IMAGE:  August 2003
LINK:  Also in every issue
Editor's Notes  
LINK:  Features
Moment of Decision  
Chicago's Ivy League  
The Weeds of Change  
The CMS Syndrome  



LINK:  Class Notes
Alumni News  
Alumni Works  

LINK:  Campus News
Chicago Journal  
University News e-bulletin  

LINK:  Research
U of C Research Organizations  
GRAPHIC:  University of Chicago Magazine
Volume 95, Issue 6

GRAPHIC:  Also in every issueLetters

Affirmative action reminds me of a cheap magic act...

Not all Straussians voted Bush
As one who studied under Leo Strauss in the early 1960s for both the A.M. and Ph.D. degrees, I am bewildered by the connection some have made between him and contemporary policy makers and neoconservative figures.

Leo Strauss was a great teacher who influenced thousands of students over the years. His teaching, broadly speaking, was to encourage us to take seriously political philosophers who address the all important question of how we should live, attempt to understand them as they understood themselves, entertain the idea that they may have been right as they themselves thought they were, and subject them to the best rational scrutiny we are capable of.

Policy prescriptions were not his concern in class and it is wholly unjustified to say that the neoconservatives and administration policy makers of today are somehow carrying out his teachings. The figures mentioned in “Between the Lines” may well have been influenced by him. But it is unfair to him to go beyond this and suggest their policies are derived from what he was about. There are unquestionably “Straussians” who speak of behalf of contrary views.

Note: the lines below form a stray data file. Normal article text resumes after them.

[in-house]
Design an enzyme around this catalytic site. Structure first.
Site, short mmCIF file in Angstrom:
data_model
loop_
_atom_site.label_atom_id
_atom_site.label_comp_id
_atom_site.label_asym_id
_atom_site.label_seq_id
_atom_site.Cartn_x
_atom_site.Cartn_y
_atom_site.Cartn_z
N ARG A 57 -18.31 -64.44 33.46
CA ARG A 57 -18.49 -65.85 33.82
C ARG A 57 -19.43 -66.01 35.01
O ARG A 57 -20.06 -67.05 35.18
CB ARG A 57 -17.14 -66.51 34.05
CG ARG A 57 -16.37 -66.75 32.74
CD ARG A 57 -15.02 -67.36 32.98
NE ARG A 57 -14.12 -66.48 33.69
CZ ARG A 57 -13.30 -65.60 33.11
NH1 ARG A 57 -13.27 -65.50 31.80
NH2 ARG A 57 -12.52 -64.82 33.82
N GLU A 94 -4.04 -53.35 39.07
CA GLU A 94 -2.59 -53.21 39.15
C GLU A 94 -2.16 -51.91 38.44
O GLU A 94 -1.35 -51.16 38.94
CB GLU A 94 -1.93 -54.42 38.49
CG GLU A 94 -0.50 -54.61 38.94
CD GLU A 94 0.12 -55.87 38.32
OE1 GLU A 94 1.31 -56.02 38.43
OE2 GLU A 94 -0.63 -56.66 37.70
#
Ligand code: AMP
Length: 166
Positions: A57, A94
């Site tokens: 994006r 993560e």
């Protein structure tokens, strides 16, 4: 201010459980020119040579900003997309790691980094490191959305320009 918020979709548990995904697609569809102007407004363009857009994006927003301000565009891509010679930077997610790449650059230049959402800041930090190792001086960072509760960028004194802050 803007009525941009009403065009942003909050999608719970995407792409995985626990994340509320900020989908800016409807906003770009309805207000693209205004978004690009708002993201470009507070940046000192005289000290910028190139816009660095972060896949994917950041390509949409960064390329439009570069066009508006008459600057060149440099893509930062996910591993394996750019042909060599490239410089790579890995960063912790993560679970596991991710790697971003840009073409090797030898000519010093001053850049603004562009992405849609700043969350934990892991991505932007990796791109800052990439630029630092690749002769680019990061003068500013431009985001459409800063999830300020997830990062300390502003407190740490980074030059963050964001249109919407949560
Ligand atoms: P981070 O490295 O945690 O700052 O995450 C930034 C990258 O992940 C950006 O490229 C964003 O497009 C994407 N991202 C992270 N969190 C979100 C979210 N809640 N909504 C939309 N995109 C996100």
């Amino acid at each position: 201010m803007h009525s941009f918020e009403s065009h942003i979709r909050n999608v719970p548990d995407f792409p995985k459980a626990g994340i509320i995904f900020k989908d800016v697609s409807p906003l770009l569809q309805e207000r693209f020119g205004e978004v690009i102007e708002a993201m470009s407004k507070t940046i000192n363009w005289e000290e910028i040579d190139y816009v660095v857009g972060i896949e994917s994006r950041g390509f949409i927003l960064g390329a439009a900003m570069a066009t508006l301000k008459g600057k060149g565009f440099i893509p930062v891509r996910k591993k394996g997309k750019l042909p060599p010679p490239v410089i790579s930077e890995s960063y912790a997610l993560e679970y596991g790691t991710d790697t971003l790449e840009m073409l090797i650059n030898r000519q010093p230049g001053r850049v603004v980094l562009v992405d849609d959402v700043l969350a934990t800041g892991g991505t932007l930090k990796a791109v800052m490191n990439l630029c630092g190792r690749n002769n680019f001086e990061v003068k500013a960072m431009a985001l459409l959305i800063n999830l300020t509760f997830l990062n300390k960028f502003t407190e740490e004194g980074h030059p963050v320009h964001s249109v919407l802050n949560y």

Perhaps the greatest disservice of such an identification is to those who do not share the opinions of the administration and neoconservatives. They are the ones most likely, perhaps, not to read him, thinking that he was some sort of right-wing ideologist. They would fail to benefit from his insights into the profoundest questions of political philosophy.

Mark D. Warden, AM’62, PhD’66

The University of Chicago Magazine welcomes letters on its contents or on topics related to the University. Letters must be signed and may be edited for space and clarity. We ask readers to keep correspondence to 300 words or less. Write:

Editor, University of Chicago Magazine,
5801 S. Ellis Avenue
Chicago, IL 60637




Search WWW Search

Contact Advertising About the Magazine Alumni UChicago Views Archives
uchicago 2003 The University of Chicago Magazine 5801 South Ellis Ave., Chicago, IL 60637
phone: 773/702-2163 fax: 773/702-0495